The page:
On October 24, 1956 the zoning board adopted a resolution reciting that lots 7 to 12, although conforming to the minimum 120' width requirement, did not meet the minimum requirements of depth and area; that Gross had applied for a variance to permit the erection of a one-family residence on those lots; that "no further property is available," and concluding that "strict application of the Zoning Ordinance in this case would work an undue hardship on the owner and that the granting of the permit would not be contrary to the public interest, nor substantially impair the intent and purpose of the zone plan and zoning ordinance."
The complaint characterizes the board's action as arbitrary, capricious and unlawful in that the granting of the variance was not supported by adequate, competent evidence; there was no proof of hardship; the board made no proper findings *154 of fact; and its decision was contrary to and destructive of the comprehensive zoning scheme of the City of Englewood and would result in substantial detriment to the property values of plaintiffs and others.
Gross and his wife proceeded to take title on October 29, 1956. Englewood had adopted a land subdivision ordinance pursuant to the Municipal Planning Act of 1953, N.J.S.A. 40:55-1.1 et seq., which required approval by the Planning Board of Englewood of all real property subdivisions. Pursuant to application made by Gross, the planning board on November 27, 1956 approved the proposed subdivision of lots 7 to 18, inclusive, as a minor subdivision and referred the same to defendant Common Council of Englewood for action. Plaintiffs charge that the subdivision approval is unlawful and contrary to the land subdivision ordinance in that it would result in the creation of a building plot smaller in area and shorter in depth than prescribed by the zoning ordinance, and they seek to set aside the action of the planning board as void.
At the oral argument counsel for the parties were requested, in the exercise of our original jurisdiction, R.R. 1:5-4, to submit a map of the area surrounding the Gross property. We have before us a small-scale land use map of Englewood, as well as a larger scale tax assessment map which shows the properties in the immediate vicinity of the land in question. The latter map indicates lot dimensions, acreages, improved and vacant lands, and also whether any lots improved prior to the zoning ordinance amendment of June 22, 1954 are non-conforming. The land use map clearly shows that the Gross property is in the south-central part of a large area consisting of improved properties, most of which far exceed the 22,000-square-foot minimum. It is undisputed that the northeastern part of Englewood is a residential area of the highest character, consisting for the most part of fine, large homes located on spacious grounds. The more detailed tax assessment map sharply focuses our attention upon the five blocks in the immediate vicinity of *155 the Gross property. A description of them is helpful to our determination.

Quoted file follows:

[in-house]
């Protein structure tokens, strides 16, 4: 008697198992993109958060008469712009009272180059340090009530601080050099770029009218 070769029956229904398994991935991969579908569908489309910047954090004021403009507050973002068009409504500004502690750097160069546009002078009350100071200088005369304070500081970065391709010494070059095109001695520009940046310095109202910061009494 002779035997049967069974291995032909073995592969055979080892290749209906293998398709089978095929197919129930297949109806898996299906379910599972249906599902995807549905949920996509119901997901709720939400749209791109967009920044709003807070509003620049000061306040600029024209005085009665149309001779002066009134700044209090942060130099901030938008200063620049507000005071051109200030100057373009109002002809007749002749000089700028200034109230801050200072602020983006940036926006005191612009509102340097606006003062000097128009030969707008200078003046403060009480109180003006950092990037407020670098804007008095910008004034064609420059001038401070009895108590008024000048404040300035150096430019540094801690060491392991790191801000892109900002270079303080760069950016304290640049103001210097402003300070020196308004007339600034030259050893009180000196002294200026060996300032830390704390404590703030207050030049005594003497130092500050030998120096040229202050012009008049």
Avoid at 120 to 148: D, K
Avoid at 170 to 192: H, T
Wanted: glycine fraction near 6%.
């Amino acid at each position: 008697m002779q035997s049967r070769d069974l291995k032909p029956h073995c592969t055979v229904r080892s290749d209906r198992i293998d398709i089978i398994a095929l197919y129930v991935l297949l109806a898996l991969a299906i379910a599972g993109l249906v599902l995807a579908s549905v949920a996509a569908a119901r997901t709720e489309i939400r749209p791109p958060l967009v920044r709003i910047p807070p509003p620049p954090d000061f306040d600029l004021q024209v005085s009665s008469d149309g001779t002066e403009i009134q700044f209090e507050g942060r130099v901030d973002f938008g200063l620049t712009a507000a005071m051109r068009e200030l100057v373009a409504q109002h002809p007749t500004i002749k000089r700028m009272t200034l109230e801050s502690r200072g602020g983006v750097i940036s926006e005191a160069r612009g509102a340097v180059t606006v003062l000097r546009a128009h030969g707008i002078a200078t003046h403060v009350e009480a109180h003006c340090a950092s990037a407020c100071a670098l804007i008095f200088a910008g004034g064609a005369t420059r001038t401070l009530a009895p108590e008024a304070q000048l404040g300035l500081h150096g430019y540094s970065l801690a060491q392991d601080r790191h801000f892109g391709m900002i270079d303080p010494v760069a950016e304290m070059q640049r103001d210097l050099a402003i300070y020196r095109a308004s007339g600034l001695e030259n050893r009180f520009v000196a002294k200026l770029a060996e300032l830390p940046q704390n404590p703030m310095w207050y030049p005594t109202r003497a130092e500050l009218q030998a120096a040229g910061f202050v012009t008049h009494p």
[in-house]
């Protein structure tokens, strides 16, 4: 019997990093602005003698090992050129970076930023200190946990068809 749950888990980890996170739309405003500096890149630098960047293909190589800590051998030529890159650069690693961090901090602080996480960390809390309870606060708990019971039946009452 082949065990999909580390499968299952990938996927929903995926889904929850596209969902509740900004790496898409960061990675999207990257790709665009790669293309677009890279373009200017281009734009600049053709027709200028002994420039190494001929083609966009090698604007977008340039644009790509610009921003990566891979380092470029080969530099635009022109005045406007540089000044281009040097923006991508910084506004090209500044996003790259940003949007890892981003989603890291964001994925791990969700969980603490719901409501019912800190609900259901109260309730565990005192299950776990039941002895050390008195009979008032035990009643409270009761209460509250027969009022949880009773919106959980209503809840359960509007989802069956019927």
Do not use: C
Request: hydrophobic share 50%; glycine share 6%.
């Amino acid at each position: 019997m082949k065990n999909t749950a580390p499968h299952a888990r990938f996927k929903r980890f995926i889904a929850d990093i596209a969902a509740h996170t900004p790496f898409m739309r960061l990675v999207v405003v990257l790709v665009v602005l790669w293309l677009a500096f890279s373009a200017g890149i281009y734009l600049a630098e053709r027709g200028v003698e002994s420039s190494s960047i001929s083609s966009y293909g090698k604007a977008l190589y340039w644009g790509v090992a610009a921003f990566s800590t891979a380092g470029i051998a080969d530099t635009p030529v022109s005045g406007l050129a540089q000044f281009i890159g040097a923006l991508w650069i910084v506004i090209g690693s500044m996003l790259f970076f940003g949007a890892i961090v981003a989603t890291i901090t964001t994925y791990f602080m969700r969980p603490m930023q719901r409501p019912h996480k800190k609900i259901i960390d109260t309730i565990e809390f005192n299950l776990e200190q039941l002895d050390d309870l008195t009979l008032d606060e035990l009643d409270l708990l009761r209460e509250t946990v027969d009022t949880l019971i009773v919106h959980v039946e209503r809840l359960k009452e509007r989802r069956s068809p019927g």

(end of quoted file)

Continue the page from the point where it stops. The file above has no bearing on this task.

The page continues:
These blocks are bounded by Mountain Road on the north, Woodland Street on the east, Linden Avenue on the south and Dana Place on the west, and are crossed by Maple Street, running approximately east-west, and Jones Road, running north-south. The block to the east of the Gross property consists of 13 properties, only one of which has less than 22,000 square feet and is non-conforming. Among them are lots with areas far larger than the Gross property: 57,380, 62,000, 67,954, 83,650, 92,793 and 151,280 square feet, respectively. To the northwest, bounded by Mountain Road, Jones Road, Maple Street and Dana Place are 19 lots; of these nine are non-conforming and nine have areas of well over 22,000 square feet, one comprising 43,560, another 55,750, another 100,188, and three 30,500 square feet. The non-conforming properties are located toward the western end, near Dana Place. To the north is a very large block consisting of 15 properties. Three of them, located at the far northeastern part, at the intersection of Mountain Road and Woodland Street, are non-conforming. Five of them are residential plots of 43,120, 132,400, 132,422, 144,700, and 226,000 square feet, respectively. The block where the Gross lots are located and the one to the east are divided by Elm Road. At some time in the past the frontage along Elm Road was divided into five lots on each side of the street, with areas between 20,200 and 21,400 square feet each. In the block to the east there remain three lots, fronting Woodland Street, two of them having 81,000 square feet and the third 83,800. Turning our attention to the Gross block, in addition to the mentioned non-conforming properties fronting Elm Road, are only two others, one to the south of his property with about half the required area and width, and the other in back of his property fronting Maple Street, lacking 20 feet in width and about 1,500 square feet. The remaining properties well meet the minimum requirements, one having 55,440 square feet, another 30,500 and still another 30,000.